mode http
  use_backend my_jwt_validated_app_backend

Using the configuration above… when a HTTP request comes through to port 80 the following checks are performed:

  • Validates that the Cf-Access-Jwt-Assertion Header is set
  • Validates that the Algorithm of the token is RS256
  • Validates that the at least one public key from the JWKS certificates match the public key for the signed JSON Web Token
  • Validates that the token is not expired
  • Validates that the Issuer of the token matches the predefined issuer from the OAUTH_ISSUER ENV variable
  • Validates that the audience tag from the JWT token matches the audience tag that we expect for this backend

Assuming that all of the above checks pass… the request is then allowed. If any of the above checks fail. HAProxy will respond with a 403 (Unauthorized) error.

Authorization validation with JWT

App authorization runs under the assumption that you can pass information from Cloudflare such as group information, permissions, etc … as part of the JWT token.

For example, when you add an SAML Identity Provider to Cloudflare Access… you can define a list of SAML attributes that will get included as part of the encoded JSON Web Token. These attributes are passed through as variables that can be used in headers, HAProxy authentication, or even other lua scripts.

When you configure SAML attributes successfully, you will see them included as part of the decoded JSON Web Token as part of the ‘custom’ key. Ex:

{
  ...
  "email": "random-email@email.com",
  "name": "John Doe",
  "custom": {
    "http://schemas/groups": [
      "application_admin",
      "application_group1",
      "application_group2",
      "application_group3"
    ]
  }
}

The haproxy-cloudflare-jwt-validate script will take the keys defined in “custom” and declare haproxy variables with them. (This will strip out special characters and replace them with an underscore)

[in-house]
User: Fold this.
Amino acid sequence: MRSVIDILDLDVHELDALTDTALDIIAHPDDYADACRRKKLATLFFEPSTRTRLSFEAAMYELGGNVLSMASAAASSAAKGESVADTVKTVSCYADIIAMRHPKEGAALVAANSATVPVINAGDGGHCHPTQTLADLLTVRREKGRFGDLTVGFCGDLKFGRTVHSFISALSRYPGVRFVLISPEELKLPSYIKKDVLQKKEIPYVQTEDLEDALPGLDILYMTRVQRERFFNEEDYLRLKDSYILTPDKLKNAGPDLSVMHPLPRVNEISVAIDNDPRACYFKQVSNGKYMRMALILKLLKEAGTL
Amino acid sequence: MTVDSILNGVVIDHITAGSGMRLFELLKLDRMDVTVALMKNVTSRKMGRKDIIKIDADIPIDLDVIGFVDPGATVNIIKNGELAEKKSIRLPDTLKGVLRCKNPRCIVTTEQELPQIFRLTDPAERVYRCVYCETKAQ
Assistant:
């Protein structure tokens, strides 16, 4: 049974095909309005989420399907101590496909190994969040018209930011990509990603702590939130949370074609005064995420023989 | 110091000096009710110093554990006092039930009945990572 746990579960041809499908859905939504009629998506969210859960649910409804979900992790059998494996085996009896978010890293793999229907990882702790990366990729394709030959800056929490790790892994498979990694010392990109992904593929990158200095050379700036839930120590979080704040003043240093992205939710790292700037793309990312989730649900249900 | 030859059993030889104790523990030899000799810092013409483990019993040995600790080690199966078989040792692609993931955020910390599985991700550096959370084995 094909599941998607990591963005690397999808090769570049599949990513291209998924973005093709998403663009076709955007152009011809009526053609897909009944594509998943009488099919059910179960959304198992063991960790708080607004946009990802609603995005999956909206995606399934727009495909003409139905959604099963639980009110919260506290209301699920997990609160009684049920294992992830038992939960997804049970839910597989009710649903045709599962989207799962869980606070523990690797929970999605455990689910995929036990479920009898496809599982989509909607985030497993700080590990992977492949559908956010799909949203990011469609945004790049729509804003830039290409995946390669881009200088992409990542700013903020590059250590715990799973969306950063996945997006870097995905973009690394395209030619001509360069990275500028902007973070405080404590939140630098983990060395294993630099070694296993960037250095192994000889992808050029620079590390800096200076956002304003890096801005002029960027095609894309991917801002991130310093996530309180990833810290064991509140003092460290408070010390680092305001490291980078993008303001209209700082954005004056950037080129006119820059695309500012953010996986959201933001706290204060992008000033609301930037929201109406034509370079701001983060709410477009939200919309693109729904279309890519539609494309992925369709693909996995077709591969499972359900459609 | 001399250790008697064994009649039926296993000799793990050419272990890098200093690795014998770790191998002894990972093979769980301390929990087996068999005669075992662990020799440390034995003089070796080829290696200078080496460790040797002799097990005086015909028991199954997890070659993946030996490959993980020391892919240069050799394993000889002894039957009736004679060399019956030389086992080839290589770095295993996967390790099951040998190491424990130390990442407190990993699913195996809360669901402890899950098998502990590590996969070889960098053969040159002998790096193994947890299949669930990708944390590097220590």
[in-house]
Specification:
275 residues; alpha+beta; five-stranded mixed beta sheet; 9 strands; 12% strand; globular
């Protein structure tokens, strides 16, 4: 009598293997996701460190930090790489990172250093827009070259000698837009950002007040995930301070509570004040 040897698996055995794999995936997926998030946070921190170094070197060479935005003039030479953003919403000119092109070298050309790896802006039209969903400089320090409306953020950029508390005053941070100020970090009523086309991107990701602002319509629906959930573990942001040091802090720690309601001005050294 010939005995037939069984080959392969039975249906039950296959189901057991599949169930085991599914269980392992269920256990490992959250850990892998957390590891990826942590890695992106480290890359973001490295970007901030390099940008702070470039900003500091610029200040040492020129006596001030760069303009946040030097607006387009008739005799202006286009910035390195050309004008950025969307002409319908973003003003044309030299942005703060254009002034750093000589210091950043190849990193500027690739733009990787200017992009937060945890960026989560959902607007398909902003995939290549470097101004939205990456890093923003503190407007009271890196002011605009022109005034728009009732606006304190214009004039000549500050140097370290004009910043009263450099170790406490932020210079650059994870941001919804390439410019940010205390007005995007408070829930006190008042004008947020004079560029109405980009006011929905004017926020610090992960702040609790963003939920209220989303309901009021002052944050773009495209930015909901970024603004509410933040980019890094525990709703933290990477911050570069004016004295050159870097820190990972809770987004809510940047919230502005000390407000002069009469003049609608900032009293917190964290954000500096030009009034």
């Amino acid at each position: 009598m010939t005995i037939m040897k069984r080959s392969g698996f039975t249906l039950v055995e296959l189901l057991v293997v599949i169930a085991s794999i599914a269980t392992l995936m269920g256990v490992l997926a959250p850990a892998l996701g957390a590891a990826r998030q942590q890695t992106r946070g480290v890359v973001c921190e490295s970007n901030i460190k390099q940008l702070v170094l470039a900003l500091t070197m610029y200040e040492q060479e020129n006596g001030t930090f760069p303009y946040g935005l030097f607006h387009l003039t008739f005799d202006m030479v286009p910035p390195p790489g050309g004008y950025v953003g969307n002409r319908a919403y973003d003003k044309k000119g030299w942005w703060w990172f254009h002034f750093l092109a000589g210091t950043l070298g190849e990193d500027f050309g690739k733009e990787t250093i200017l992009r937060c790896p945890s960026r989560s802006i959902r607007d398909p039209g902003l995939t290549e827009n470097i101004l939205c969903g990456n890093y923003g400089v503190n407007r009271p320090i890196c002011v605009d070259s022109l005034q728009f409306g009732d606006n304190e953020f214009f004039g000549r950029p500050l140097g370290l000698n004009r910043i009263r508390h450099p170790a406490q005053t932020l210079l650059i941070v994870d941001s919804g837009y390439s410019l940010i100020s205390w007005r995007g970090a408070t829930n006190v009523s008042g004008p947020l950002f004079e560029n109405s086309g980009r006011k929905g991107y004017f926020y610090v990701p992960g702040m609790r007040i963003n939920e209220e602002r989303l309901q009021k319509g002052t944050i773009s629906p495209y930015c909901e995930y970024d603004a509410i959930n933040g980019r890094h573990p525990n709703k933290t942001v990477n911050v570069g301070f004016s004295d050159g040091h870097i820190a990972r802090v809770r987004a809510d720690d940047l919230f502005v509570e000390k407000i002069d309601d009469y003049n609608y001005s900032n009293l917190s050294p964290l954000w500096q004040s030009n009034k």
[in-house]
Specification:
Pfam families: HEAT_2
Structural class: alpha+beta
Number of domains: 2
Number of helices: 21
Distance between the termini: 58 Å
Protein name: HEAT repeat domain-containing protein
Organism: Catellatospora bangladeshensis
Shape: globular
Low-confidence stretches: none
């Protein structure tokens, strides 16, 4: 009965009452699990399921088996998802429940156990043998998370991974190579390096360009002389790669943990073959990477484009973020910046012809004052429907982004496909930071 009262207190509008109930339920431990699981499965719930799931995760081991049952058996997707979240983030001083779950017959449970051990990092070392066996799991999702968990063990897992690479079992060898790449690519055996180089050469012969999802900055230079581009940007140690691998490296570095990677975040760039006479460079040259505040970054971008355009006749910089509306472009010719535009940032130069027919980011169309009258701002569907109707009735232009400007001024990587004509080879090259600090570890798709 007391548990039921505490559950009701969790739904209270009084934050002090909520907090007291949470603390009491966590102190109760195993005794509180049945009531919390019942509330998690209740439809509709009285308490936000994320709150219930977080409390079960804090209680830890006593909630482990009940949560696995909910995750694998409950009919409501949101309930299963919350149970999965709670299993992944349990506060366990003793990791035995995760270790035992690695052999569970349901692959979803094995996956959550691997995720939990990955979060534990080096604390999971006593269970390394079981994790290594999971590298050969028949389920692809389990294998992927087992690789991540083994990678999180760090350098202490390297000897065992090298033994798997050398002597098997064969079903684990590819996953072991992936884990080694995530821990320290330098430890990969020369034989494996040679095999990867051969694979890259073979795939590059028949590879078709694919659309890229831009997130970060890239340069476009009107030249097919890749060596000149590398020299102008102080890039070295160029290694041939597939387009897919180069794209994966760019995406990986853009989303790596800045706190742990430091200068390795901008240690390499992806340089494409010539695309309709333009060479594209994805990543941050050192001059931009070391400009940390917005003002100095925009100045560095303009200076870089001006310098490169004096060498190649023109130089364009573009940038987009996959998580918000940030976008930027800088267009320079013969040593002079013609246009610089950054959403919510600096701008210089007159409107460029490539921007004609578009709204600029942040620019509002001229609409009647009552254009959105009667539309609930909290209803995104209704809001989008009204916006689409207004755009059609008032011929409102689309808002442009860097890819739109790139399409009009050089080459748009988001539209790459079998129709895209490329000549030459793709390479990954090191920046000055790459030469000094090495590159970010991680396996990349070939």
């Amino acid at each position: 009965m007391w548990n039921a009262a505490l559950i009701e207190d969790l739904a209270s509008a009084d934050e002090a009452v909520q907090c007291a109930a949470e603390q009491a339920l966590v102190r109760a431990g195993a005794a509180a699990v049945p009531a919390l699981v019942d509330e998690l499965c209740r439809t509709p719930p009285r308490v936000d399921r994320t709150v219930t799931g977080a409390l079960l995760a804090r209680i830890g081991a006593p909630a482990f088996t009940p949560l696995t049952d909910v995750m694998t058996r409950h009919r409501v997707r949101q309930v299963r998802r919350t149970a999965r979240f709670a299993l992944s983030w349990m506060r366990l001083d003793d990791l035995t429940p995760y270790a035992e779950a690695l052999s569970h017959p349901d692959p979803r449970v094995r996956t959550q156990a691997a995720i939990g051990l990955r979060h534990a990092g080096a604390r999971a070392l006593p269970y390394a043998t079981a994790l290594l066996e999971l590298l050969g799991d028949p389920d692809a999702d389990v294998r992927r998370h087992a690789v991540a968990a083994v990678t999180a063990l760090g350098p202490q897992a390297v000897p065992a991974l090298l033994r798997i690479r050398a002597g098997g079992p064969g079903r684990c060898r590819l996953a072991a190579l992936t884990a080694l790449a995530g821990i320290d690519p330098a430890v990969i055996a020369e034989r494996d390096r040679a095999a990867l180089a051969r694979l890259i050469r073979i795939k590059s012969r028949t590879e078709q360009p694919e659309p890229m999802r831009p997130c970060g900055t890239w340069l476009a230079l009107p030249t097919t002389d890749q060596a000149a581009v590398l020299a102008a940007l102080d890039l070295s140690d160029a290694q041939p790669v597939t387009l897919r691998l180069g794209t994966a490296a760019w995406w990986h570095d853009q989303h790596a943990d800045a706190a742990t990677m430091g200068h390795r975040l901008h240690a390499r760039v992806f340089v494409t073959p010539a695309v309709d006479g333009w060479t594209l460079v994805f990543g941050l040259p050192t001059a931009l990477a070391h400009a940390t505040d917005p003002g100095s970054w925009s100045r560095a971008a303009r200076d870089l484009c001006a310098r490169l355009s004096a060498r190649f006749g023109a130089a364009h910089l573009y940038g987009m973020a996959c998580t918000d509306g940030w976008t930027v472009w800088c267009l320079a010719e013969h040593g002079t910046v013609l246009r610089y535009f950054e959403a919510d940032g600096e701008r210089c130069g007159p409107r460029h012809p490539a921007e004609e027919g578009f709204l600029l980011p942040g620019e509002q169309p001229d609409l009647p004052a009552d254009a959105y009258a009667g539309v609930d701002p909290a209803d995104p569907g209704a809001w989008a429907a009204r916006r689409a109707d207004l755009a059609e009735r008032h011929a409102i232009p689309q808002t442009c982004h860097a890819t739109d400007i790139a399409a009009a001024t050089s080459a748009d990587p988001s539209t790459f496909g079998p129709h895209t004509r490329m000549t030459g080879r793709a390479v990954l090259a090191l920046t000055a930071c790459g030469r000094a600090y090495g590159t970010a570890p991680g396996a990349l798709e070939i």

For example: http://schemas/groups becomes txn.http___schemas_groups

App-Based Header Authorization

Now that we’ve defined our variable txn.http___schemas_groups; You can then pass this variable through to the headers. Every request that comes through will pass this header information to the backend by simply using set-headers.

backend my_jwt_validated_app_backend
  mode http
  http-request deny unless { req.hdr(Cf-Access-Jwt-Assertion) -m found }
  http-request set-var(txn.audience) str("1234567890abcde1234567890abcde1234567890abcde")
  http-request lua.jwtverify
  http-request deny unless { var(txn.authorized) -m bool }
  http-request set-header custom-groups %[var(txn.http___schemas_groups)]
  server haproxy 127.0.0.1:8080

Your app can read the headers, create your user based off of these headers, and assign it group information.

HAProxy Based Authorization

Another alternative we can do, is validate the presence of a user’s group via HAProxy directly. For example in the following scenario, HAProxy will not grant a user access unless they belong to the application_admin group.

backend my_jwt_validated_app_backend
  mode http
  http-request deny unless { req.hdr(Cf-Access-Jwt-Assertion) -m found }
  http-request set-var(txn.audience) str("1234567890abcde1234567890abcde1234567890abcde")
  http-request lua.jwtverify
  http-request deny unless { var(txn.authorized) -m bool }
  http-request deny unless { var(txn.http___schemas_groups) -m sub application_admin }
  server haproxy 127.0.0.1:8080